The center intends to serve as a “board of trade” between landowners with Eastern red cedar and other invasive tree species and biofuel and biochemical producers. The ability to negotiate contracts with landowners is essential in order to get access to private land to harvest the trees.
In return for allowing their Eastern red cedars to be harvested, landowners will see the value of their land increase as it would be better suited for pasture or cropland, he said.
“It's changing the landscape of the country where we can raise more cattle and make better use of the land,” Kisling said.
The ability of Sun Rays 2 Oil to produce jet fuel makes it a good fit for Enid, which is home to Vance Air Force Base, Kisling said. The base trains jet pilots.
The plant would require about 146,000 gallons of water, and the city of Enid is looking at a viable water source, he said. A possibility is using treated wastewater instead of water intended for drinking.
The city of Enid will be asked to declare the plant's site, which could take up about 30 acres, as a tax increment financing district, he said. A portion of the district's annual property tax would be used to pay a share of the project's cost.
Kisling said federal funding and state investment tax credits also might be explored for the proposal.
“The nice thing about this project is that the technology does not have to be proven,” Kisling said. “It is off-the-shelf technology that's already existing. The part of the puzzle that's not yet done is the financing part.”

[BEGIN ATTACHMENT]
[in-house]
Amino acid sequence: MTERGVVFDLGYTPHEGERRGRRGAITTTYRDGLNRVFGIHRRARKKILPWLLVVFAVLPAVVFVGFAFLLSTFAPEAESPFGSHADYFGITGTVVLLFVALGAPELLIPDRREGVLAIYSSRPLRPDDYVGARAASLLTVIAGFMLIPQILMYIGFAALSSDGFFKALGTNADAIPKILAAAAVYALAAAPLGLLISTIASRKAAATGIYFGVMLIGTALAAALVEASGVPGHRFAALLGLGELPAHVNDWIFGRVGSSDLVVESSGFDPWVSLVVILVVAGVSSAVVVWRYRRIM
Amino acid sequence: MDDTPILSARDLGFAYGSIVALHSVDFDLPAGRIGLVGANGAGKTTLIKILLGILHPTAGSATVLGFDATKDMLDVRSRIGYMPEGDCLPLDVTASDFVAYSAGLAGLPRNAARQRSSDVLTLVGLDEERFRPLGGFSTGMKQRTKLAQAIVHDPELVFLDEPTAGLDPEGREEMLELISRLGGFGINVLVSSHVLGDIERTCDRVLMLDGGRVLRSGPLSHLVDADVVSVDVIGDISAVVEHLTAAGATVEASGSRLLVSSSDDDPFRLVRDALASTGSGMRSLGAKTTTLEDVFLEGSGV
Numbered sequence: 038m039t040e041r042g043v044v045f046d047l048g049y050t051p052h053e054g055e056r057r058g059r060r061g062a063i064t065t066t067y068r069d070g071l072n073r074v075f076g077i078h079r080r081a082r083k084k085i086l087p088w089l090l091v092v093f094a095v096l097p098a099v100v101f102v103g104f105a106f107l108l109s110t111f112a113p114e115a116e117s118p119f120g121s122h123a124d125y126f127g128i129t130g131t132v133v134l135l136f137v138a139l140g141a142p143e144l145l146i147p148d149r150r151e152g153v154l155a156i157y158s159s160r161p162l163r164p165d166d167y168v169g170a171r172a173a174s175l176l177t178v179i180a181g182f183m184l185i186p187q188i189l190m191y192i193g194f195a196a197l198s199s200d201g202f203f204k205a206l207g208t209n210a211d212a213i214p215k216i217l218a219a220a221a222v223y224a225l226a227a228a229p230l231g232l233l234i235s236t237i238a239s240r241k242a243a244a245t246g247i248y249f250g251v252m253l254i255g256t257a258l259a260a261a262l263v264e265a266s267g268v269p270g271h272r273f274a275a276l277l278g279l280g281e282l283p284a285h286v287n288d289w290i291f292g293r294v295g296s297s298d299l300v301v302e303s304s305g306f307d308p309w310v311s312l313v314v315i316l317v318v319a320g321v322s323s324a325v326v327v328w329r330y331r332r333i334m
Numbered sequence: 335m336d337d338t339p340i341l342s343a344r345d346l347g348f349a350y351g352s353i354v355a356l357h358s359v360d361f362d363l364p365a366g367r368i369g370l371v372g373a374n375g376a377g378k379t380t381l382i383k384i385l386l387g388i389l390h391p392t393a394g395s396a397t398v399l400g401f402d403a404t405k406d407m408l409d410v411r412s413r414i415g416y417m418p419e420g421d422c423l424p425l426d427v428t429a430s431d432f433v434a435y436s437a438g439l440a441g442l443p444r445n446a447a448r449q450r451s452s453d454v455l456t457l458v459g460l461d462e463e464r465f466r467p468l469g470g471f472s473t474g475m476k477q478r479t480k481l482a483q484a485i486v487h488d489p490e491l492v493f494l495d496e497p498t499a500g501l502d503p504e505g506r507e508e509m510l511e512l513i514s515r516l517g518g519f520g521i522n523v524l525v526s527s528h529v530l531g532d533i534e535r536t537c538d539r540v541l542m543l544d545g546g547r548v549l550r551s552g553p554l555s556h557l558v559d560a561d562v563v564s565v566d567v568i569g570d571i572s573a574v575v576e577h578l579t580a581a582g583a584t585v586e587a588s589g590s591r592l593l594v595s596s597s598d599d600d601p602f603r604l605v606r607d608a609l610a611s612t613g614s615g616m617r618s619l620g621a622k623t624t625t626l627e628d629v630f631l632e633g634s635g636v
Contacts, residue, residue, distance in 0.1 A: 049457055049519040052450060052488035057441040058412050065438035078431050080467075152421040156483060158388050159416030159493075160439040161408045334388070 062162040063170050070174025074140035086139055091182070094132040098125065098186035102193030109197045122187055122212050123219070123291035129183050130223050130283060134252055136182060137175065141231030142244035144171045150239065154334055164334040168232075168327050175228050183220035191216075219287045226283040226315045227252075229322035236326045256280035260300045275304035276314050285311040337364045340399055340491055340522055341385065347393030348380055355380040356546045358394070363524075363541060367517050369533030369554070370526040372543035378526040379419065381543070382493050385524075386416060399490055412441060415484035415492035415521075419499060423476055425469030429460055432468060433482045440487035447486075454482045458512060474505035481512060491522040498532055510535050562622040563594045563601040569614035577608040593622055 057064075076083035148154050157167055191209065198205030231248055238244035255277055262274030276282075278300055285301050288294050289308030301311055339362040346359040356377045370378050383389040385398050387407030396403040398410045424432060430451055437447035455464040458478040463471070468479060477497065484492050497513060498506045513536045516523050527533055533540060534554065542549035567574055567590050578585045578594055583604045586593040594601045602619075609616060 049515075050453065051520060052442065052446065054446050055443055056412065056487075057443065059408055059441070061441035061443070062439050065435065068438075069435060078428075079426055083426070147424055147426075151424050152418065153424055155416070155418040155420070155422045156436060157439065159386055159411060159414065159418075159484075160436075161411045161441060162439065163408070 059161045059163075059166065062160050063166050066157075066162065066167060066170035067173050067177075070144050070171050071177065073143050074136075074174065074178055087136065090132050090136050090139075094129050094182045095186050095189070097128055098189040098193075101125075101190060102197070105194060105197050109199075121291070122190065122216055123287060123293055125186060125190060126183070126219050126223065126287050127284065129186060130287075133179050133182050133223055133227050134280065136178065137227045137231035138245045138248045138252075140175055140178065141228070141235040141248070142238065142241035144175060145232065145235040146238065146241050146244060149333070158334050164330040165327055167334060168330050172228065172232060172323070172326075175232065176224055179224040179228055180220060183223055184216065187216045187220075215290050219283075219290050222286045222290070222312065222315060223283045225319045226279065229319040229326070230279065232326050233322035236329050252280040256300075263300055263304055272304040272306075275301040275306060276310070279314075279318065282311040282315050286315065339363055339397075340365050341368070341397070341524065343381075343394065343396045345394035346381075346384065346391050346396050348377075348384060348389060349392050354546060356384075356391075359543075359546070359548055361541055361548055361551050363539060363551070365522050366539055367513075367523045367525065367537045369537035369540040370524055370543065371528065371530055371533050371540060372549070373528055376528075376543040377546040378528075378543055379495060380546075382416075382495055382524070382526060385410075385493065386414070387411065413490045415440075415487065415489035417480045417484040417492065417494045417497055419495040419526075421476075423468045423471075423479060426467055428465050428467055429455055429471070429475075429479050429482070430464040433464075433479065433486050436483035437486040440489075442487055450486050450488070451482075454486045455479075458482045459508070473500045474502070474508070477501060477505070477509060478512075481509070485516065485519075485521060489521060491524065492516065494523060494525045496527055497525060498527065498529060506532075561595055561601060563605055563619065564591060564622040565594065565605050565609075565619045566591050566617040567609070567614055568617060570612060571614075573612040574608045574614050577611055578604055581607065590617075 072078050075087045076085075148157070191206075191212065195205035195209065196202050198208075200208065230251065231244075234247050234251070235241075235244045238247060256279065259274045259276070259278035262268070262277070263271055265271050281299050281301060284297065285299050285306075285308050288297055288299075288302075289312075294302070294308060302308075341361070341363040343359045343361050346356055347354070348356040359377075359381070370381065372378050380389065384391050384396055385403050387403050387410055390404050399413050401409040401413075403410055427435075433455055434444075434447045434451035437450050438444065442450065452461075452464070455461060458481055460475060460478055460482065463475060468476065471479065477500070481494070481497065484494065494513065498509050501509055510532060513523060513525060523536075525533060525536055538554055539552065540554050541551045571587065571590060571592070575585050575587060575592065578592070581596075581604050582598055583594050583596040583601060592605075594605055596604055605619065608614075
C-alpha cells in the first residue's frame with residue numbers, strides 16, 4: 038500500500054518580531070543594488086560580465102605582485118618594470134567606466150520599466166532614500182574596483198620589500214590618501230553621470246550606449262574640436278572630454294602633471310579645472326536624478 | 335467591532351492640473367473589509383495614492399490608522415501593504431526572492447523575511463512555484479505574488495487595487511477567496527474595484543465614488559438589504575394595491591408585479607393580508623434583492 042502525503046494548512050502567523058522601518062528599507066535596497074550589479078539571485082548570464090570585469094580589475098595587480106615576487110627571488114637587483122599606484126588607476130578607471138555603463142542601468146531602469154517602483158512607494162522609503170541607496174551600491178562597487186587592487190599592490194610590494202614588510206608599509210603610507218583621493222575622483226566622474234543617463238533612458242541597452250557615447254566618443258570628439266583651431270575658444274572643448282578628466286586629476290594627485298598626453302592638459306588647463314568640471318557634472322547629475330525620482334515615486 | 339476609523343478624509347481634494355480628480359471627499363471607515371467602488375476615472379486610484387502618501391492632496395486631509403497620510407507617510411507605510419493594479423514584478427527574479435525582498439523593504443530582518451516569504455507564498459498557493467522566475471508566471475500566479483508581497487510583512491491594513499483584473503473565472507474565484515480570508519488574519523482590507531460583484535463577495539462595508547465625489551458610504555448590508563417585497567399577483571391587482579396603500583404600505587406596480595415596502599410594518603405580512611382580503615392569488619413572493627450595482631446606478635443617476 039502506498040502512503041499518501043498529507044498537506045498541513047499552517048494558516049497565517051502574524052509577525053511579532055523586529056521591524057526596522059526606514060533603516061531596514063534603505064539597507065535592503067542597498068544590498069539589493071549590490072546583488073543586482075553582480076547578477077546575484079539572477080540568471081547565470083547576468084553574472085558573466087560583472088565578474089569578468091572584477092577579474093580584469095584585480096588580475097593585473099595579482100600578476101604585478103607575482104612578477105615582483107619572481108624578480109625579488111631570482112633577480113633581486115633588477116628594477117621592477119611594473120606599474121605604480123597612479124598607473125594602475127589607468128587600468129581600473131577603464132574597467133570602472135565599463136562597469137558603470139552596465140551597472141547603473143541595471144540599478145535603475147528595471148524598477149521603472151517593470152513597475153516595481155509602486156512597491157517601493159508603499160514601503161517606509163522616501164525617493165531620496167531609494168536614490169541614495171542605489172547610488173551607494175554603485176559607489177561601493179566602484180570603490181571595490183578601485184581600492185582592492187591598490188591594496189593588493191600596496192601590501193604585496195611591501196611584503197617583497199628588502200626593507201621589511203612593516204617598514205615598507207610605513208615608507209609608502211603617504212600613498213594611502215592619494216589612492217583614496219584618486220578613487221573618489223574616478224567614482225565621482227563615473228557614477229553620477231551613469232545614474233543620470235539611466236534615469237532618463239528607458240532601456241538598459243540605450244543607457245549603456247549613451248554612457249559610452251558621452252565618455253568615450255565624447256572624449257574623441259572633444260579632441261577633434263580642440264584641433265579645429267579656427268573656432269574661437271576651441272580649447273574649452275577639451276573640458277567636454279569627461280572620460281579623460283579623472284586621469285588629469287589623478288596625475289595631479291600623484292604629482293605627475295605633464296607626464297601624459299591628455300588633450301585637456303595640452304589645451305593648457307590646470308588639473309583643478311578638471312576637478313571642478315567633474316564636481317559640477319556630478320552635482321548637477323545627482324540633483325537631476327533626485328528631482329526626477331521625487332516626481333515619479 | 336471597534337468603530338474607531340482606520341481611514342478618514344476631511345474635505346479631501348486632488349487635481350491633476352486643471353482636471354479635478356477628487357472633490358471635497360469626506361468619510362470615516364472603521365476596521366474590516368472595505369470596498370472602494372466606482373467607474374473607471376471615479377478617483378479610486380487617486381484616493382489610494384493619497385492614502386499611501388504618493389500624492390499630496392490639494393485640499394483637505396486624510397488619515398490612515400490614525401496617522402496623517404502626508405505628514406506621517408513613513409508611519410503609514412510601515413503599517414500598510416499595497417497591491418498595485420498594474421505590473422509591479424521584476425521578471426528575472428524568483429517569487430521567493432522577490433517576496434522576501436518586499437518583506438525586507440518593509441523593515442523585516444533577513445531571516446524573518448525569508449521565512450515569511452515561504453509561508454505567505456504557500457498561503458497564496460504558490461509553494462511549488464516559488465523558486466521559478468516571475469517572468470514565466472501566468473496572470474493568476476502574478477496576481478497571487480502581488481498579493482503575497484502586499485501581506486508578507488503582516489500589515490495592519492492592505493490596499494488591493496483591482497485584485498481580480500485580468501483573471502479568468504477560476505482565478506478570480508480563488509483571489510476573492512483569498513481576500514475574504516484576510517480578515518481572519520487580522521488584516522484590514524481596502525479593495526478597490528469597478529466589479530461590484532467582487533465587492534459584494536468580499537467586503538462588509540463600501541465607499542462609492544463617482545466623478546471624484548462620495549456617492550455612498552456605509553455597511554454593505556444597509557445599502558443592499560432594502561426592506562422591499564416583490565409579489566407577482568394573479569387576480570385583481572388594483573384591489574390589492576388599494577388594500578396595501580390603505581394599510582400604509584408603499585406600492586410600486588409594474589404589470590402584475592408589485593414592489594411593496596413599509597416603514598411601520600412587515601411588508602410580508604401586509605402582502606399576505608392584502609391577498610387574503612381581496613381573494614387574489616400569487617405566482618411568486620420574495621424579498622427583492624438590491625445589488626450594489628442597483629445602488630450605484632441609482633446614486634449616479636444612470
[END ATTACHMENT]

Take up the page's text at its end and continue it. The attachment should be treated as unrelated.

Paul Todd, a member of the cedar registry board, said the proposal sounds interesting, but other companies have presented plans that fizzled.
“We've heard these stories before,” he said.
Fire at one time was the main deterrent of the Eastern red cedar trees' spread.
Fires — from lightning or set by American Indians before the state was settled — had kept the trees under control.
But now that fires are fought, and landowners are leery of controlled burns because they may be liable for damages if the fire gets out of control, the Eastern red cedar's growth in recent years has gone mostly unchecked.
Darrell Dominic, with the Oklahoma Prescribed Burn Association, said controlled burns are the most effective defense against the Eastern red cedar.
It's best to burn the trees when they are young and shorter than 5 feet; trees taller than that can burn easily and can quickly make a fire spread out of control.
Dominic said the association can provide online and hands-on training for members and provide access to equipment to allow members to safely conduct burns. It's a low-cost way to control cedars.
But the group needs money, he told board members. He suggested operating funds for at least two years until membership fees or grants would be enough to pay operational costs.
Steve Hart said goats are a viable option to control brush and cedar.
Hart, a research scientist at the Institute for Goat Research at Langston University, said goats easily eat Eastern red cedars up to knee high.
They will eat taller trees in the winter months, when the cedar oil in the trees is at a lower level.
Goats cost about $1.50 a pound now, but can be as much as a dollar higher in the winter, Hart said.
A downside to goats is that they always would be needed to sustain control of the cedars and fencing and a way to protect them from predators would be required.
Goats eat the bark off the trees, as well as all the greenery, he said
Shorter cedars are controlled quicker, Hart said. A thick stand of taller cedars may take five or more years to control.
“If you have goats, the cedars don't regenerate,” he said.